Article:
Getting the Poor to Pay

A father is at the courthouse, nervous and agitated. He has to come up with some money — quick. He starts making one call after the next. And then he remembers his aunt recently received her Social Security check. She agrees to help. Had this father failed in his mission, he would have likely gone to jail. This is just one of the stories that the Center for Family Policy & Practice collected from fathers involved in the nation’s child support system. Part of its work is to collect money from America’s poor.

The current child support system was born out of 1990’s welfare reform. But the notion of getting the poor to pay is a component of current conservative policy efforts such as healthcare. They want participants to pay for Medicaid. The common threads running through such policies are negative stereotypesrooted in class and race. Poor people are assumed to be black or brown. And, by extension, they are thought to be lazy and irresponsible. This leads to a perceived need to get tough on them.

Toughness Producing Tough Results

Lesson learned from child support policies can inform contemporary proposals. But they also point a severe need to look back and fix what once went wrong. An overhaul of the child support system is long overdue.

Child support efforts over the last couple decades reveal a simple truth: Poor people don’t have any money. Perhaps Congress should have consulted a dictionary while crafting this legislation? At any rate, it’s hard to imagine a more determined effort to get poor people to pay. Non-payers can be jailed, lose driver’s or professional licenses, earn negative marks on their credit reports, and/or experience other punishments.

None of this seems to be working. Child Support Enforcement regularly reports a high amount of arrearages (or unpaid support). Non-custodial parents currently owe $115.5 billion, a figure that has largely been on the rise since 1990’s welfare reform. The government fails to regularly collect information about debtors. However, a 2009 Urban Institute study found that nearly 75 percent of high debtors had annual incomes of $10,000 or less.

Child Support simply isn’t working for the lowest income parents.

What Could Possibly Be the Problem?

Fathers with limited incomes aren’t paying despite the severe consequences. It time for policymakers to face the possibility that many truly don’t have access to money or stable employment.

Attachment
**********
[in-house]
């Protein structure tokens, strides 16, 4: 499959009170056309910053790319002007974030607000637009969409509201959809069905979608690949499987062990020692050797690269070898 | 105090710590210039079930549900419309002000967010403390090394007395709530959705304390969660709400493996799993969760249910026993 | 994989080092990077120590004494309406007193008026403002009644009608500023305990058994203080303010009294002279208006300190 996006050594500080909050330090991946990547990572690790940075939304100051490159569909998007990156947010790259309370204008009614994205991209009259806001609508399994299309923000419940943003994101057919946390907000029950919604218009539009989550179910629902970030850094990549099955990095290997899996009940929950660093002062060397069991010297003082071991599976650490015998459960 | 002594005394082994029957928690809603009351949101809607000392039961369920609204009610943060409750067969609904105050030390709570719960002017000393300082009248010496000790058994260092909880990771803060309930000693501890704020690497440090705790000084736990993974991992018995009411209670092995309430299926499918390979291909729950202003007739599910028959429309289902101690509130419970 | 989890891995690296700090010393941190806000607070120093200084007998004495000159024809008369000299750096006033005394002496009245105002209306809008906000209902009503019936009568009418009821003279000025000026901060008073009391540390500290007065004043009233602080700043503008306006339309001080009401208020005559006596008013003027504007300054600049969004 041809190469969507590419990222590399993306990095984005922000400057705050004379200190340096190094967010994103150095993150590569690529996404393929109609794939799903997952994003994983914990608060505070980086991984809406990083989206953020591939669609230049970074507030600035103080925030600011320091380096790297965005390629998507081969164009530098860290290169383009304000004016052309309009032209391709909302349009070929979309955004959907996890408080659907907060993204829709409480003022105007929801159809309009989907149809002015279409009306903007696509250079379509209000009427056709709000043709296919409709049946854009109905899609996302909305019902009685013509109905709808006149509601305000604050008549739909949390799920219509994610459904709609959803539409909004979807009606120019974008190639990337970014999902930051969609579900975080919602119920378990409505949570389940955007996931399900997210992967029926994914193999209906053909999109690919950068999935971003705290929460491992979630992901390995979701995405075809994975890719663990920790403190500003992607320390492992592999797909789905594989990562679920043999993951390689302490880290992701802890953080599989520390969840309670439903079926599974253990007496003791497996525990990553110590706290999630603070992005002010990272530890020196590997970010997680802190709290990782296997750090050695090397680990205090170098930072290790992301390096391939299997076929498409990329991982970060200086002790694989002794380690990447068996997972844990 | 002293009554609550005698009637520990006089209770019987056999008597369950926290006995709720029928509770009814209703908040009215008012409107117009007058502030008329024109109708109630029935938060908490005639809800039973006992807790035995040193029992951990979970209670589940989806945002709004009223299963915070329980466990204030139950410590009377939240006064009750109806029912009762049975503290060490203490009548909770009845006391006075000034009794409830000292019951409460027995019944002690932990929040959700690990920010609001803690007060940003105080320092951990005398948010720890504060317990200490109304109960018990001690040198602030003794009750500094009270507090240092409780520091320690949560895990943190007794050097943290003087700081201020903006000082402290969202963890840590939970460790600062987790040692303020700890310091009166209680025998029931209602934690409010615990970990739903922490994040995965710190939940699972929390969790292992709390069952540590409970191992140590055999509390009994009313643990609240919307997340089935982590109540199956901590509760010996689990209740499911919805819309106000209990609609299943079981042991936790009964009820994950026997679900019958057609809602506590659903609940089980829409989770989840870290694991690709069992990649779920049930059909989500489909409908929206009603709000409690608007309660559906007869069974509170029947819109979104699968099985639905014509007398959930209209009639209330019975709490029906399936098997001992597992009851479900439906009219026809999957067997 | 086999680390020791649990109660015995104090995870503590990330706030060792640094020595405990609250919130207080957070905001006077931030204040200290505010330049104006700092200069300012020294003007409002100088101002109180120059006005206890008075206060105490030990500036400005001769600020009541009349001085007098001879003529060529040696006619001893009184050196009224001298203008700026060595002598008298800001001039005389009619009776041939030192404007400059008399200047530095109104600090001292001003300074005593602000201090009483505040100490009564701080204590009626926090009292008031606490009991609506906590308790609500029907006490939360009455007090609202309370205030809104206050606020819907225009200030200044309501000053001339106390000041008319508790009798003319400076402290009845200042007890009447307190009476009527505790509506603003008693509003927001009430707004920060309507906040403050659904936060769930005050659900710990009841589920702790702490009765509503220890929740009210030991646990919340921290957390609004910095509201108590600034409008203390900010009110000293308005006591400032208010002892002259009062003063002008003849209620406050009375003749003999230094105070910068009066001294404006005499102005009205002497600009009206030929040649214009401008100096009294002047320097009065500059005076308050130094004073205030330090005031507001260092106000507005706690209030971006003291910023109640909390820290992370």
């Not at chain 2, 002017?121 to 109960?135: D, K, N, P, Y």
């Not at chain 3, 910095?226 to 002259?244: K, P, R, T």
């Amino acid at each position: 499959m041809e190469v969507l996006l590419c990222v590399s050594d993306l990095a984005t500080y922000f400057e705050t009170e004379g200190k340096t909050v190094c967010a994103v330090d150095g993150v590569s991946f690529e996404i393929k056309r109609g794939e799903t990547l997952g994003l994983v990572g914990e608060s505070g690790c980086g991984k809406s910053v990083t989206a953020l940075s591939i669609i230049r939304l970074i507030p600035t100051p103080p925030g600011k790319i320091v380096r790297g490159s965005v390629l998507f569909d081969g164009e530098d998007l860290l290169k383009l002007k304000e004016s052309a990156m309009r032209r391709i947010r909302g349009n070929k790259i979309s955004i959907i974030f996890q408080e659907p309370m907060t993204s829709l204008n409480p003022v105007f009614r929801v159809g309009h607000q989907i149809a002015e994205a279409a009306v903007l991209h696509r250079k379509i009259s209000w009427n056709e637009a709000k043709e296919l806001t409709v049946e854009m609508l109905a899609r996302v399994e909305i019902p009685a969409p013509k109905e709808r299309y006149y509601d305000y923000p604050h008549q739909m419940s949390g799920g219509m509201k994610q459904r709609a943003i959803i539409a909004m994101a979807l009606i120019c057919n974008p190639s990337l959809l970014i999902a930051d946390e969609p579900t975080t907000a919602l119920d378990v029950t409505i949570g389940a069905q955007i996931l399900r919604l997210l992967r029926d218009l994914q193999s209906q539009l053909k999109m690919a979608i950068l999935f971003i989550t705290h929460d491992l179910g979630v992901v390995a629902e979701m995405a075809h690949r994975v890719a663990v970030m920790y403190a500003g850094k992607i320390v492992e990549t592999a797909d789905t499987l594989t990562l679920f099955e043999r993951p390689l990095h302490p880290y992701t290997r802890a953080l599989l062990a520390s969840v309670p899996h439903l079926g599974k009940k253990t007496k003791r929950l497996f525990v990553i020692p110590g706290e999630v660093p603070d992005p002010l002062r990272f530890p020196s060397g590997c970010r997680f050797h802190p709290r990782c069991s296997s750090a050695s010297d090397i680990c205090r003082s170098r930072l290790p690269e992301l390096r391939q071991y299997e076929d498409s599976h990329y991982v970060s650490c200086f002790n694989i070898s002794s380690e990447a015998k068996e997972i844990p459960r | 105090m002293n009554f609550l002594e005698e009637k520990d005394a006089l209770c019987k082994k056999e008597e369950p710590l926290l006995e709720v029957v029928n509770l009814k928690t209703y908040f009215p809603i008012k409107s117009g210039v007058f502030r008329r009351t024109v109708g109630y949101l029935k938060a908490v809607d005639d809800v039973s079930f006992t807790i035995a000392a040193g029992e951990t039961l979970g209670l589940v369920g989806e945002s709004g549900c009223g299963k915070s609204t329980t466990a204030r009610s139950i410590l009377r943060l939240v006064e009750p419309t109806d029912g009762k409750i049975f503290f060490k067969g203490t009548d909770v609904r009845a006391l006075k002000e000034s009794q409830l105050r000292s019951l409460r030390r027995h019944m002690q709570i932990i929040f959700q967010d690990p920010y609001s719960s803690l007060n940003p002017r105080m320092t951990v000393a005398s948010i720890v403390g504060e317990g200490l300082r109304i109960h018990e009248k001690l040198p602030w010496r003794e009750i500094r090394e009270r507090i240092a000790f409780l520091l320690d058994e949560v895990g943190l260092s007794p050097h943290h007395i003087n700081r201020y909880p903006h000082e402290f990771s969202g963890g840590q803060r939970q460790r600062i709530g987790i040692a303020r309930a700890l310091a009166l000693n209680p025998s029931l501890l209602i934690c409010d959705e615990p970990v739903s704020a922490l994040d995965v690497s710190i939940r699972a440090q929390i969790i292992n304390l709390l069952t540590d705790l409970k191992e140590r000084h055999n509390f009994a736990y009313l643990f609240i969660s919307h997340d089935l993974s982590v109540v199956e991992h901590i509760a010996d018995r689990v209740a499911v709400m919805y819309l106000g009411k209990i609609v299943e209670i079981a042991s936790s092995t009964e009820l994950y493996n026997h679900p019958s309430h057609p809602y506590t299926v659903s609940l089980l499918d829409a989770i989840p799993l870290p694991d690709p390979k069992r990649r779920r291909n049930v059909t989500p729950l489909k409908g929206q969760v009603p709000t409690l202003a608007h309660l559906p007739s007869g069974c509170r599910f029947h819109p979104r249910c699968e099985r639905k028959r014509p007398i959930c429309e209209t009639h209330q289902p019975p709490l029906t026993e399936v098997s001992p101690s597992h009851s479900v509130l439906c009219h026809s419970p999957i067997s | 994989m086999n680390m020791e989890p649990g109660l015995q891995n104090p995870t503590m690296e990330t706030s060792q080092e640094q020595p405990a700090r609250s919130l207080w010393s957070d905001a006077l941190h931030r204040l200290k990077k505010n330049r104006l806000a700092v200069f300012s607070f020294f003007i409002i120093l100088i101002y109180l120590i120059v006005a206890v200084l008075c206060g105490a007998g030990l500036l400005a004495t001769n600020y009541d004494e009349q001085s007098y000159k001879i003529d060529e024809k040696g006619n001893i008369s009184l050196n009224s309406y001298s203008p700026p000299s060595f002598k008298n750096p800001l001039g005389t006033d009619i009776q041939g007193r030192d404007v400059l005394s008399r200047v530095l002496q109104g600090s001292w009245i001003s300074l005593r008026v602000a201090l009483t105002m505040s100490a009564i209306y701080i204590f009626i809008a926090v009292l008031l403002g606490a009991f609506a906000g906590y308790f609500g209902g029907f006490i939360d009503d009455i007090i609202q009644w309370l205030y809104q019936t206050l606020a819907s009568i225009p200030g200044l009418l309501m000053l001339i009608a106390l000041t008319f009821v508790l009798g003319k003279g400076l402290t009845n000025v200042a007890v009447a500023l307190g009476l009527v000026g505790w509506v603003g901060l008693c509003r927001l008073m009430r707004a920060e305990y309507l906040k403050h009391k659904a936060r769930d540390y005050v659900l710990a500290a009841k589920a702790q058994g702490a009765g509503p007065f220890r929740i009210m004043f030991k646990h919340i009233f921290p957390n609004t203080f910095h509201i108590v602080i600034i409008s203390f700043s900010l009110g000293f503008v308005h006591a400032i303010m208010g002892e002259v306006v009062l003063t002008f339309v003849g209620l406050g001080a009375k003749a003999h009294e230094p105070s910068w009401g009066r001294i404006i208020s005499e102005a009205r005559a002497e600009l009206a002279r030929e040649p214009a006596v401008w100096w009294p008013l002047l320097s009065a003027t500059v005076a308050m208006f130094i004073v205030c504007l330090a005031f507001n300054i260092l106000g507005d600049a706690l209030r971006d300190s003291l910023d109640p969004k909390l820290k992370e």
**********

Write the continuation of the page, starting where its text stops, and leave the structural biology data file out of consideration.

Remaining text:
Policymakers’ focus on laziness and irresponsibility masks certain labor market realities. One of them is the disappearance of manufacturing and other good jobs for workers with limited education. Another is increases in mass incarceration and the unwillingness of employers to hire workers with felony convictions. Black men are disproportionately affected by both of these trends.

Many men also face personal challenges. A recent study examined fatherhood program participants with limited education and wages — 1 in 3 reported emotional and mental health issues. Few had been formally diagnosed, suggesting failures to receive treatment. Mental health challenges often overlapped with substance abuse problems.

Fixing What’s Broke

What’s needed is actual efforts to solve these problems — not punishments for being poor and/or having untreated medical conditions. So what should policymakers do?

In a recent paper, CFFPP suggested that some non-custodial parents should be able to stop out of the child support system. During these breaks, fathers could participate in high quality employment programs and helpful social services. Once able to obtain and maintain jobs, they could once again be expected to pay child support.

But what about the mothers who need the child support money?

Too often the interests of women and men are pitted against each other. Helping one doesn’t have to come at the expense of the other. Good jobs and social services for fathers can be paired with equally good reforms of services reaching mothers. And the government should guarantee child support payments to mothers and children while fathers are stopped out of the program. Versions of guaranteed child support have been circulating in policy circles for decades.

No doubt, such suggestions represent a significant departure from existing policies. But that’s a good and necessary thing. Too often progressives simply tinker within the boxes created by conservatives — even when those boxes are composed of harmful stereotypes and the false idea that America lacks resources to invest in its people.

Boldness is required to scrap all of that. It’s time to do what’s best for Americans living in poverty.

(Originally Posted on on May 18, 2017)

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